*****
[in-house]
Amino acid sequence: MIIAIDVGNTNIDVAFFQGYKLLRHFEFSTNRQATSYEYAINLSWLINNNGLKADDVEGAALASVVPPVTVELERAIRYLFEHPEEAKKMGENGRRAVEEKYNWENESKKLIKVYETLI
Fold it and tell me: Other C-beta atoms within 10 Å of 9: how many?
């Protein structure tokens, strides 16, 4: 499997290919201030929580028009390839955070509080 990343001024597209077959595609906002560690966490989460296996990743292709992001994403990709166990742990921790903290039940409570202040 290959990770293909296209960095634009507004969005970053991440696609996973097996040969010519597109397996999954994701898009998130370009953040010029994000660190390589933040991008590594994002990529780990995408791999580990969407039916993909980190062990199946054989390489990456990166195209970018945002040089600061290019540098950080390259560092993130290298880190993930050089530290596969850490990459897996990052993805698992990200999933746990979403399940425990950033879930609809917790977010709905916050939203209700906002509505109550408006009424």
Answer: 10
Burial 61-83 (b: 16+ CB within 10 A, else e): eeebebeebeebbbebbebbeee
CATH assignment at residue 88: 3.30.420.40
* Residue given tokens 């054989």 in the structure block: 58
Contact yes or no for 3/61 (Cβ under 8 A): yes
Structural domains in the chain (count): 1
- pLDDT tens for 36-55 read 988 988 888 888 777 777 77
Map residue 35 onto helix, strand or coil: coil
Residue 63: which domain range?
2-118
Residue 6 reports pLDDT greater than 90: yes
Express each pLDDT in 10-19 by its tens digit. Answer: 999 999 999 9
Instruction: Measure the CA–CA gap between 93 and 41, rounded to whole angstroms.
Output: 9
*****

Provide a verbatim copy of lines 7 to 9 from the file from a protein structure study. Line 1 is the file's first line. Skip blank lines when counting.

CATH assignment at residue 88: 3.30.420.40
* Residue given tokens 């054989």 in the structure block: 58
Contact yes or no for 3/61 (Cβ under 8 A): yes